February 08, 2010


Posted on February 8, 2010 by Joseph Manko

originally posted for the Association of Corporate Counsel’s Green-House Counsel ©2009 

The construction and rehabilitation of our nation’s infrastructure has come to the fore with the advent of both climate change and the transformation of our energy production.  As water shortages continue to move eastward from the western states and new water quality standards are promulgated to address previously unregulated pollutants, the handling of water will ultimately require as much, if not more, attention from corporate counsel than the current focus on fossil fuel.  To anticipate this potential sea change, counsel should be aware of the evolution of governmental regulation of the use and handling of water, as well as monetary incentives to achieve compliance with the emerging laws.

To provide a brief history, in 1972, the Clean Water Act was amended to regulate direct discharges from industrial facilities and publicly owned treatment works (POTW), and later expanded to cover indirect discharges (e.g., runoff of stormwater) from agriculture and land development.  Although the 1972 laws created a discharge permit system (NPDES) and initial funding for POTW construction, it wasn’t until the enactment of the Water Quality Act of 1987 that EPA received annual funding to award to states who set up revolving grant and loan funds to address problems with wastewater, drinking water and stormwater systems within each of their states. 

Although the amounts varied with the changes in the executive office and congressional makeup, these funds were normally matched by the states through general obligation and/or revenue bonds and derived from the loan repayments and interest earnings to ensure that the funds would continue to be available to achieve their mission year after year.  One such example is the Pennsylvania Infrastructure Investment Authority (PENNVEST), which awards grants and loans for wastewater, drinking water and stormwater projects, including brownfields, acid mine drainage and nutrient trading.  Similar programs exist in each of the 50 states.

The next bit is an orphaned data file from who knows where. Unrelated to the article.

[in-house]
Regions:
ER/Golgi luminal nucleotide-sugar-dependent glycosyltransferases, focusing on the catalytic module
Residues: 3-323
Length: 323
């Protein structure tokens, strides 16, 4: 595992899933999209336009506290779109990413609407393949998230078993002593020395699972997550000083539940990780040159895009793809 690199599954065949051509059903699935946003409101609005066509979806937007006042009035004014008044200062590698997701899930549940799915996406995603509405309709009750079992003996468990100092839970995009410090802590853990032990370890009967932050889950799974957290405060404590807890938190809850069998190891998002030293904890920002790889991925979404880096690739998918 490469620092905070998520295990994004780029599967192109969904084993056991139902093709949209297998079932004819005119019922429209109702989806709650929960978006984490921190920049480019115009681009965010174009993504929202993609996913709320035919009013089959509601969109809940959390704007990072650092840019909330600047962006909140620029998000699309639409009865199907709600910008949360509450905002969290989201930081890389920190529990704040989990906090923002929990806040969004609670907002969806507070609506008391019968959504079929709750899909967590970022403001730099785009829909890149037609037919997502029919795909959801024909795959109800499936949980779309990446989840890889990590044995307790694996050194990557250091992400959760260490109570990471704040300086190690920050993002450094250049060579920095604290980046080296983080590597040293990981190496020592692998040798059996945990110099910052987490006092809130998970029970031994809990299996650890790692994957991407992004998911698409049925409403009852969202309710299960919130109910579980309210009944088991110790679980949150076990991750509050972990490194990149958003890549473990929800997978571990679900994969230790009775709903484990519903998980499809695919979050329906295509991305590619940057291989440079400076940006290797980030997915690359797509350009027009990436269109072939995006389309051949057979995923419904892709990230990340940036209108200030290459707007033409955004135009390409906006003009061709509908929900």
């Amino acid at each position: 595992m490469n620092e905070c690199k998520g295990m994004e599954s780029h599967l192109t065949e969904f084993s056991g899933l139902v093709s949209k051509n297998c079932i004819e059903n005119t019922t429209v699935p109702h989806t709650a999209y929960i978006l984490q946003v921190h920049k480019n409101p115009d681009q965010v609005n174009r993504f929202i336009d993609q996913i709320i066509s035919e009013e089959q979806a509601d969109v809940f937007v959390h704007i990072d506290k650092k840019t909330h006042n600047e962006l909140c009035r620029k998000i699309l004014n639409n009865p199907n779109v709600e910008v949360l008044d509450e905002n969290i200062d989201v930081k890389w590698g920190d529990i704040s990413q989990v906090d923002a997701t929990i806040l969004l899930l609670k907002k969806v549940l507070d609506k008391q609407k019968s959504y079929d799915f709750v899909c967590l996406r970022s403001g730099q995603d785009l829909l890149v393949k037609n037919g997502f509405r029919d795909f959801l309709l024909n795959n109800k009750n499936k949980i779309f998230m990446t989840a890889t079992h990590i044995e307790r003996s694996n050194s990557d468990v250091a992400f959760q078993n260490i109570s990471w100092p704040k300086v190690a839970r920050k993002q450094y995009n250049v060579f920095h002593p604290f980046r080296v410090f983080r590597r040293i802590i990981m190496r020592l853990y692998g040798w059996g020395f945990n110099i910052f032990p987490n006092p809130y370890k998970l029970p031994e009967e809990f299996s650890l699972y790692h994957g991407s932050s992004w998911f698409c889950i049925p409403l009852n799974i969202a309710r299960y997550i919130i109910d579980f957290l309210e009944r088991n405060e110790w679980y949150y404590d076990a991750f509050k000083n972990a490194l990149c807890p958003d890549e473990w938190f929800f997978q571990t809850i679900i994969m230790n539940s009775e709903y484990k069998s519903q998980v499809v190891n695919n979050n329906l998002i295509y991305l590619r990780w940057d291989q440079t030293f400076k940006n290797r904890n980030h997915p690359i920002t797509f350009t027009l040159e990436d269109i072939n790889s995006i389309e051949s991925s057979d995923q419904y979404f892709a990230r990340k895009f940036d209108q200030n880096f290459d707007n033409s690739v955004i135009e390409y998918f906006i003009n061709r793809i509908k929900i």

The enactment of the American Recovery and Reinvestment Act of 2009 (ARRA) provided additional stimulus funds, designed to create jobs, and required that 20 percent of the funds be disbursed for “green infrastructure” projects.  EPA received $4 billion of stimulus money, to encourage the full recycling of wastewater and stormwater to reduce energy costs, augment future water supplies and minimize adverse impacts on water quality.  Since there are financial federal incentives from both the U.S. Environmental Protection Agency (“EPA”) and the Department of Housing and Urban Development (“HUD”), you should proceed with due diligence to determine if funding opportunities are available for your organization.  If an appropriate match is identified, assist in the requisite applications for these funds.

·               Water Quality Standards;

·               Clean Water Act;

·               Publicly Owned Treatment Works; 

·               POTW;

·               Wastewater;

·               Drinking water; 

·               Stormwater; 

·               American Recovery and Reinvestment Act of 2009;

·               ARRA;

·               “Green infrastructure”;

·               Stimulus money;

·               Financial federal incentives; and

·               Funding opportunities. 

Tags: Water


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